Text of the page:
Thursday, July 22, 2010

The Four-Headed Saint

Been reading The Medieval Village by G. G. Coulton. Not sure I'd recommend it, it's kind of a rambly, scholarly book from 1925. But it does have fascinating little medieval nuggets scattered throughout, like this from pg 265:
The islanders of Rugen, in the Baltic, had been converted by monks of Corvey, who built there a church in honour of their patron saint St Vitus. In 1168, Waldemar of Denmark conquered the island, took stock of its religion, and found that St Vitus had become a monstrous image with four heads, to which all kinds of sacrifices were offered, even human . . . 'These people having relapsed into idolatry, forgot the true God and substituted for Him this martyr, whom in their tongue they called Suantovit, making him into an idol . . .' "
How's that, Cthulu meets D&D!?


  1. man, that woulda been so much cooler than what we ended up with. fucking mainstreamind.

  2. man those island demons can really get inside people's heads. i mean, look at Great Britain!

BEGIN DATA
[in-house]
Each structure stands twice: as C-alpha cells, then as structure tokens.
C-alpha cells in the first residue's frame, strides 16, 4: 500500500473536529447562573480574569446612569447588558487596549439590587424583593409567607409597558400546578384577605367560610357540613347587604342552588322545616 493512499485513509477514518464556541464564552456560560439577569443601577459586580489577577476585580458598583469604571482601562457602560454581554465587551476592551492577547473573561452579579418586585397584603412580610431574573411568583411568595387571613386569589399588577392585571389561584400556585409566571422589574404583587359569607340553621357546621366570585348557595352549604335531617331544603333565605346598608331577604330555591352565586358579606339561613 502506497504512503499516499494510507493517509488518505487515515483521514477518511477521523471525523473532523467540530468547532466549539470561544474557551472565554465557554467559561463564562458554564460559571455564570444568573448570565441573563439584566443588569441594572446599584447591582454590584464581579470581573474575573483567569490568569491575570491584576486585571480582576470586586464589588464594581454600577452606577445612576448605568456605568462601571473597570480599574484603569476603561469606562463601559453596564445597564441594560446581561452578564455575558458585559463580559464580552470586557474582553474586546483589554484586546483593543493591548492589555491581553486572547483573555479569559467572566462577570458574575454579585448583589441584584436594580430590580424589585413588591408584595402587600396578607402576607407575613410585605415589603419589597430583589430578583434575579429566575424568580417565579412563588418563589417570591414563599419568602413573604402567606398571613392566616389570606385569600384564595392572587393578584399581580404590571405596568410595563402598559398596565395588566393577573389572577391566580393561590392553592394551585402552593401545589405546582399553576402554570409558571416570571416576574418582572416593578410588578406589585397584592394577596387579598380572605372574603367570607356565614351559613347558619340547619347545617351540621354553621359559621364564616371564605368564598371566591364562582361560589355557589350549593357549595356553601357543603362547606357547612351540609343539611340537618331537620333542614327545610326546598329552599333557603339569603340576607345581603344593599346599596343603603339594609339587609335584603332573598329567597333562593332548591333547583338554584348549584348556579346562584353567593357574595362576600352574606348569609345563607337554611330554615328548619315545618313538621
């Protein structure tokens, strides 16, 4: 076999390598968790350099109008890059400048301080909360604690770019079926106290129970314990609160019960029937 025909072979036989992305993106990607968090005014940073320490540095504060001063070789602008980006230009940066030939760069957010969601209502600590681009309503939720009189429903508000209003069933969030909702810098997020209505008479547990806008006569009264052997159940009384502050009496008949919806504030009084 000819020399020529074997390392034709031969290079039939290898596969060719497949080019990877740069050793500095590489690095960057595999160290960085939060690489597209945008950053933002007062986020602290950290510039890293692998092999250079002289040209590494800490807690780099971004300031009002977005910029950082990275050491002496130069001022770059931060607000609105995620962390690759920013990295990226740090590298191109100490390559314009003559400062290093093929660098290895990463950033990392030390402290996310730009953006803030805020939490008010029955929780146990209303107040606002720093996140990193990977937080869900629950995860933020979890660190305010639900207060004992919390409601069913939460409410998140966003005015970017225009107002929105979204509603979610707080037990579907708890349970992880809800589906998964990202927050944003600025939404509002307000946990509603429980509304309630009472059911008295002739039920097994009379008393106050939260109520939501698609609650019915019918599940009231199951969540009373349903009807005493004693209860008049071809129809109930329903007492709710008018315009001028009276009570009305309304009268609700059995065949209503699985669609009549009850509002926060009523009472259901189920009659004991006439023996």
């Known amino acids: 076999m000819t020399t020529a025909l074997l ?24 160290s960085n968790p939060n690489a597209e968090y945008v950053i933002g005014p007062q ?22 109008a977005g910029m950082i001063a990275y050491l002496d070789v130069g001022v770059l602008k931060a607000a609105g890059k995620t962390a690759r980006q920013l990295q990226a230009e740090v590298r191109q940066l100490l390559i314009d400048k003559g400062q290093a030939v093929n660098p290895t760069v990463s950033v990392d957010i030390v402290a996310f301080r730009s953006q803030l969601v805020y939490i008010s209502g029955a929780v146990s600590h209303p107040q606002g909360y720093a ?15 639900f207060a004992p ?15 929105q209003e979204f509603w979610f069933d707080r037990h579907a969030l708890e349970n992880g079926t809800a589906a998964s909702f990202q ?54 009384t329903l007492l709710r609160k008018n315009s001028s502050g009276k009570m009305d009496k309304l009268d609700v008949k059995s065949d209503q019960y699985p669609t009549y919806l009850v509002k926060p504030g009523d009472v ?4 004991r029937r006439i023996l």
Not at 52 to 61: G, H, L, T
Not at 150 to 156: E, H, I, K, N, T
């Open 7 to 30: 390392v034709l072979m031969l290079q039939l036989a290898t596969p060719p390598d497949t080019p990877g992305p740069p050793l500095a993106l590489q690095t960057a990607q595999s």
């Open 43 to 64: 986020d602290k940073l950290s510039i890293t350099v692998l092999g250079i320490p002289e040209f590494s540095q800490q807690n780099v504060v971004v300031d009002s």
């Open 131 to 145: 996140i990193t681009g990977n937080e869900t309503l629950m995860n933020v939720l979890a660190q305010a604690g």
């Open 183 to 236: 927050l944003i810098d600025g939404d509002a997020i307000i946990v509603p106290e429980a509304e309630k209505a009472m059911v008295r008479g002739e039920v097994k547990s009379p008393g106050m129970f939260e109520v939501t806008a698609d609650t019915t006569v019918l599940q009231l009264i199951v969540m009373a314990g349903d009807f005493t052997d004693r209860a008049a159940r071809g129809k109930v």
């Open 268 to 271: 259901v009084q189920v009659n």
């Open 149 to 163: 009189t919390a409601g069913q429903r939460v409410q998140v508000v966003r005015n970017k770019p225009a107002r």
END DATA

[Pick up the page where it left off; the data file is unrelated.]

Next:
3. I actually thought The Medieval Village (mine is actually titled "The Medieval Village, Manor, and Monastery") was great for giving a sense of what life and economics for people were like in those days—quite a difference from what is usually presented as the milieu for pseudo-medieval fantasy

  4. Hi Menace, yeah it is a good book; Coulton gives me the impression of knowing his stuff, and it's well footnoted and scholarly. As a dirty simulationist at heart and someone just interested in how things work, I like it. I just didn't know if a casual reader looking for quick campaign ideas would find it useful.

    As an example for people unfamiliar, Coulton takes several chapters to explore the question of whether being a serf on a monastic manor was any better than a lay manor. After much marshaling of data his conclusion is, in some cases maybe 5% better, but in others (like being able to buy your way out of serfdom) it was actually worse to be a serf of the church.